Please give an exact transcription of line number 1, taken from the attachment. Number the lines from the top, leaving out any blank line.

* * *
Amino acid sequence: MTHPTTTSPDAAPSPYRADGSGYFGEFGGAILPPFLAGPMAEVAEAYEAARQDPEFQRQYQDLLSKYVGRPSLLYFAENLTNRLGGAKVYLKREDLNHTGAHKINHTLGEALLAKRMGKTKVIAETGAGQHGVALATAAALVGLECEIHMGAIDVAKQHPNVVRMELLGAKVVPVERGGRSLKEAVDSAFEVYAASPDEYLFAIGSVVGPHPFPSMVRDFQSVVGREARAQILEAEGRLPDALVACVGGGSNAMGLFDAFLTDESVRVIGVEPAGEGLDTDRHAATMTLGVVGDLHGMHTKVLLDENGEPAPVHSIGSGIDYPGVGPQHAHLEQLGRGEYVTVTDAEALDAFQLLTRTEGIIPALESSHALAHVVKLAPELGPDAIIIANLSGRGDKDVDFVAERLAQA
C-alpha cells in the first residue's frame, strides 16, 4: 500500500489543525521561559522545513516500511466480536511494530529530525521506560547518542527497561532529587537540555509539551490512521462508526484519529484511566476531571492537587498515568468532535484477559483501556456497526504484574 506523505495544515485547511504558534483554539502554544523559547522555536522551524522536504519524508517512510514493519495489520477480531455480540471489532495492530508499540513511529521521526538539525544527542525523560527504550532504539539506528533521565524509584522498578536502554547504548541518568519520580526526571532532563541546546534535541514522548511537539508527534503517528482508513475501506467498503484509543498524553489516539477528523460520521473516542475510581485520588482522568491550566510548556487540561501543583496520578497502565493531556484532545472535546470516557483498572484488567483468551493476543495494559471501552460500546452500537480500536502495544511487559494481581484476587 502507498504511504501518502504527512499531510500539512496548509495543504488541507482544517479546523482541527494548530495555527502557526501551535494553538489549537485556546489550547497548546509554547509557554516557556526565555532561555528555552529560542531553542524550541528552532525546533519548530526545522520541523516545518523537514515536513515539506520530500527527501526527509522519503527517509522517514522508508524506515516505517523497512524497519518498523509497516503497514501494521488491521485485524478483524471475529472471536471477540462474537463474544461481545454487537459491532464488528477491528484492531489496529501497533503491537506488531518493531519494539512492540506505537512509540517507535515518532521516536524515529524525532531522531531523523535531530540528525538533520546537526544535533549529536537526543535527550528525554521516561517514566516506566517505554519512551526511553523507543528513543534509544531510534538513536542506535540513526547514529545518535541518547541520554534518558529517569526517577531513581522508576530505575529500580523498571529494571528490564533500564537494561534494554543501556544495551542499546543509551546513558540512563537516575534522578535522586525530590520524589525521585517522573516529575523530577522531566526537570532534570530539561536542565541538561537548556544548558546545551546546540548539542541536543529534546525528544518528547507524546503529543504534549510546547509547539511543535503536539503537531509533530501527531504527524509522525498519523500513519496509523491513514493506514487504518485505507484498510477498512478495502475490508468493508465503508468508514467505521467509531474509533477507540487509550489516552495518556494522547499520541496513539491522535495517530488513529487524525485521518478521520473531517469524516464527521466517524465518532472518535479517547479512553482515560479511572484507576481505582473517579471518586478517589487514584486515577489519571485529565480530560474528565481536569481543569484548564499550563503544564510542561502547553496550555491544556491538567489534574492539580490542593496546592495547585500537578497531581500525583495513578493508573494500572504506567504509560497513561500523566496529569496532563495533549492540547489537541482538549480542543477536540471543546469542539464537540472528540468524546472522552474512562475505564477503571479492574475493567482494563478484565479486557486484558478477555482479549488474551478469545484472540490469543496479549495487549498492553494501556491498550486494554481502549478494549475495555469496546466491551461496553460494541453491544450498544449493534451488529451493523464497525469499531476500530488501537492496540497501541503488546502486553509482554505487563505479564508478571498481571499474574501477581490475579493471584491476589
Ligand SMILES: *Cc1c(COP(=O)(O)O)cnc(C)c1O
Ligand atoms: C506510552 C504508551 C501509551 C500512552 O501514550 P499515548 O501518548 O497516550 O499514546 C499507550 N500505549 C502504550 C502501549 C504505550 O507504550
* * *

Amino acid sequence: MTHPTTTSPDAAPSPYRADGSGYFGEFGGAILPPFLAGPMAEVAEAYEAARQDPEFQRQYQDLLSKYVGRPSLLYFAENLTNRLGGAKVYLKREDLNHTGAHKINHTLGEALLAKRMGKTKVIAETGAGQHGVALATAAALVGLECEIHMGAIDVAKQHPNVVRMELLGAKVVPVERGGRSLKEAVDSAFEVYAASPDEYLFAIGSVVGPHPFPSMVRDFQSVVGREARAQILEAEGRLPDALVACVGGGSNAMGLFDAFLTDESVRVIGVEPAGEGLDTDRHAATMTLGVVGDLHGMHTKVLLDENGEPAPVHSIGSGIDYPGVGPQHAHLEQLGRGEYVTVTDAEALDAFQLLTRTEGIIPALESSHALAHVVKLAPELGPDAIIIANLSGRGDKDVDFVAERLAQA